April 12th, 2007
As the need for proficient information technology (IT) infrastructure services continues to grow, analysts at market research firm Aberdeen say that outsourcing is an increasingly popular option that leading companies are turning to for efficiently fulfilling IT needs.
Outsourcing IT infrastructure is nothing new; the practice has been on a steady rise since around 2003, when Aberdeen reported that worldwide IT spending began picking up from a low one percent growth in 2002. That same year, Ericsson made waves with a decision to outsource its worldwide IT infrastructure to Hewlett Packard.
But while now many companies are currently outsourcing parts of their IT infrastructures to save money, Aberdeen said in its latest report that “leading organizations” are continuing to set themselves apart by making substantial gains in worker productivity and end-user satisfaction.
“The survey results tells us clearly that outsourcing IT infrastructure is paying off big time in internal IT service delivery,” Rick Saia, research analyst for IT services at Aberdeen, said in a statement. “That’s very important today as companies compete for customers and rely on technology to help end users be more productive, which can lead to lower costs, higher revenues, and more profit.”
The survey also found that twice as many leading, or “best in class,” organizations, cite asset reduction as a driver of their infrastructure outsourcing strategies. Aberdeen said this points to the emergence of asset management as a component of IT outsourcing strategies.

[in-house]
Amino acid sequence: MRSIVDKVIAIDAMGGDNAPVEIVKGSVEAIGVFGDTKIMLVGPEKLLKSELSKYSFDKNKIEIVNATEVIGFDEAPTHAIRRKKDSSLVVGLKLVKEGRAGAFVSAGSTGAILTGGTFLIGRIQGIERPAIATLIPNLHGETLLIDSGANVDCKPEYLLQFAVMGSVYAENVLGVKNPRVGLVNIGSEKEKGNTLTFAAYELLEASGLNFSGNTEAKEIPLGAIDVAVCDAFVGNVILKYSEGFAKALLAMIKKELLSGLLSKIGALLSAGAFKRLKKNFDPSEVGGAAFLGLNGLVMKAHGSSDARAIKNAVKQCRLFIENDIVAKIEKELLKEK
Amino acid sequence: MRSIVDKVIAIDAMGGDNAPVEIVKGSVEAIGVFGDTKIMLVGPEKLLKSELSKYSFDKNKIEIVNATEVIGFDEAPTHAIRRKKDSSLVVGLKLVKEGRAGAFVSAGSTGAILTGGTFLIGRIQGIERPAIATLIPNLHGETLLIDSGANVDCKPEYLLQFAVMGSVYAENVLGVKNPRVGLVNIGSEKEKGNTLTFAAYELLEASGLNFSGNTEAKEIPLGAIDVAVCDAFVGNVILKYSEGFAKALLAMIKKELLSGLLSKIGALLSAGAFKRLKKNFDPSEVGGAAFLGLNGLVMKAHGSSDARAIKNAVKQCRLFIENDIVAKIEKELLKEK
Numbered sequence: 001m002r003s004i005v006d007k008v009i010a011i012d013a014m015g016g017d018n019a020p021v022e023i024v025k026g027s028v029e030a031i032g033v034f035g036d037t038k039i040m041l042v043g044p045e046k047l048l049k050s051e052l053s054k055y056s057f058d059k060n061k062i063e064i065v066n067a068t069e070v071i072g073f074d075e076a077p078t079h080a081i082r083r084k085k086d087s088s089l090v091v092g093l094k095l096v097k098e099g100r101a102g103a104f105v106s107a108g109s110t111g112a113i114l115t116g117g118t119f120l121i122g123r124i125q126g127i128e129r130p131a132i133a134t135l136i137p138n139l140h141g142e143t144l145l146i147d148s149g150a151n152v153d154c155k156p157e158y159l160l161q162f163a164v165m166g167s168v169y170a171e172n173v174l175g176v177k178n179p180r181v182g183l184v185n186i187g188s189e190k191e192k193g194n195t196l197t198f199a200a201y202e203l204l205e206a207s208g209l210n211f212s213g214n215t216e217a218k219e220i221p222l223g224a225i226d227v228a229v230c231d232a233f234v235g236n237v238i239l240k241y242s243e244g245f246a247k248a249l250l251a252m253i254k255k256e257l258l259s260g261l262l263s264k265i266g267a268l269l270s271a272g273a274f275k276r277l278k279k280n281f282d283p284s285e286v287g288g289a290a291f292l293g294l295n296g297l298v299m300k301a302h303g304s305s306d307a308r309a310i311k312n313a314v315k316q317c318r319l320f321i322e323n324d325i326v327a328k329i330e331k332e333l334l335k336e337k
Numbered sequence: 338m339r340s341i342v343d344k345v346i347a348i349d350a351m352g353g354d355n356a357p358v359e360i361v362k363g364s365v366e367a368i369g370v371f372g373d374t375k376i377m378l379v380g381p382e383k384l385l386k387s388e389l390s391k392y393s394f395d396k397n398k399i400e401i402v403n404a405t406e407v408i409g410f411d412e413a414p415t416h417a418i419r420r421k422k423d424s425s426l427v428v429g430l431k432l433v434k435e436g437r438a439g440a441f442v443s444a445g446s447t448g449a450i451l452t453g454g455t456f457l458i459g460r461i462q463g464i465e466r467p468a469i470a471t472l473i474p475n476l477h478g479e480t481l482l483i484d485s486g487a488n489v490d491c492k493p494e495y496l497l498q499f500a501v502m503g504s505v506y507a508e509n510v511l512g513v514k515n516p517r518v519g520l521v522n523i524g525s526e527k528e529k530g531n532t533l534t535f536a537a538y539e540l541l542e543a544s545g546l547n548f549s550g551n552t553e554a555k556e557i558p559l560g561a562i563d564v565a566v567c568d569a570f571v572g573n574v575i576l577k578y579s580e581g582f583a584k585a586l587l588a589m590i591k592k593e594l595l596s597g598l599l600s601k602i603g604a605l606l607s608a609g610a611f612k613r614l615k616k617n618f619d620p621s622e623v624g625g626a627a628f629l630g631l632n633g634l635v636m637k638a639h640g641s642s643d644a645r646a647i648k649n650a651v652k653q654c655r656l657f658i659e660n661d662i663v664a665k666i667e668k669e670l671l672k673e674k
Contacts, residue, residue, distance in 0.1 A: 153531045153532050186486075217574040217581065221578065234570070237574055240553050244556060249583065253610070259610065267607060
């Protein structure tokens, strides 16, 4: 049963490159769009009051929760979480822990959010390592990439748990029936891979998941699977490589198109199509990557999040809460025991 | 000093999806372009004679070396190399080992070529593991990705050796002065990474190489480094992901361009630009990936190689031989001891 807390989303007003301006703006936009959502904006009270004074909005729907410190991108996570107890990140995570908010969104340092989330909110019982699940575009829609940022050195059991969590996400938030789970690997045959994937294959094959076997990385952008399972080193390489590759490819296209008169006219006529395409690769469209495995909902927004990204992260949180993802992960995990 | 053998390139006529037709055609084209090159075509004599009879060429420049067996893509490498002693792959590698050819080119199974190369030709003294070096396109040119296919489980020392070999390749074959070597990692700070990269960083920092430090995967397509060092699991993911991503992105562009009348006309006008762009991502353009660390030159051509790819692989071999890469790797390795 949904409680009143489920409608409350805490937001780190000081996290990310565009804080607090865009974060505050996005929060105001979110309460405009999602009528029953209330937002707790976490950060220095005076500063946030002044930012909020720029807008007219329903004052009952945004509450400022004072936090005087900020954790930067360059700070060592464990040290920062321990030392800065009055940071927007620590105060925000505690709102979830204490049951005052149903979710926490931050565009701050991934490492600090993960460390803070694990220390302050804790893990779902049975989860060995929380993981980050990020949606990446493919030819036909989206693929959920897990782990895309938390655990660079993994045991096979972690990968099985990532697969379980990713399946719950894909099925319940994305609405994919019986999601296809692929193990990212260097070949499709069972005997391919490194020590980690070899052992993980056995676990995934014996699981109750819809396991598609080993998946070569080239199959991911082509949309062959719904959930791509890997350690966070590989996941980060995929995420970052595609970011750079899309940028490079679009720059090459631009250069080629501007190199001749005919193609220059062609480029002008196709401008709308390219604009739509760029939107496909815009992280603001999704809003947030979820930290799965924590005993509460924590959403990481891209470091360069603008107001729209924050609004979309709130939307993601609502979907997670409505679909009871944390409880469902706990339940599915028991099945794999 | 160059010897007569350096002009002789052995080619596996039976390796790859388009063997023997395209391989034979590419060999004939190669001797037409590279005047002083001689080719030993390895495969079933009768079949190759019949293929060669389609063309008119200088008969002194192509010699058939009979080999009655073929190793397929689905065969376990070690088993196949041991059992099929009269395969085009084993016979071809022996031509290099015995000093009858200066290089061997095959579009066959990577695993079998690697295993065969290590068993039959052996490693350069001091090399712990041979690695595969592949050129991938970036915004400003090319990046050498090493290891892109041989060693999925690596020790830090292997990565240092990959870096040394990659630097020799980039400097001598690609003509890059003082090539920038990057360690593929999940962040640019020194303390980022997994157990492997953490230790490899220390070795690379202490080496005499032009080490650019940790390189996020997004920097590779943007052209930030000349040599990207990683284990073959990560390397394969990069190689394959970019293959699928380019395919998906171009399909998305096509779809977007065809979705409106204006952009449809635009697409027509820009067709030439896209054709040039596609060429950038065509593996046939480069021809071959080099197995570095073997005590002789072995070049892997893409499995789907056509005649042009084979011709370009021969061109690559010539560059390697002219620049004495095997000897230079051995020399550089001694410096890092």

In addition, best in class companies cite the service-level agreement (SLA) as an important tool in managing an infrastructure outsourcing relationship, Aberdeen said. 44 percent of the best in class surveyed by the firm believe a provider’s inability to meet an SLA’s provision makes it difficult to outsource a function- while only 25 percent of all other companies represented in the survey made the same assertion.
Across the board, the market for IT infrastructure services is expected to grow this year and in 2008, according to Aberdeen. 50 percent of the firm’s survey respondents said their organizations will buy more services through the end of next year, while another 32 percent said they have yet to decide what their plans are.
By Colleen Taylor, Contributing Editor — Electronic News
Entry Filed under: Why Outsource?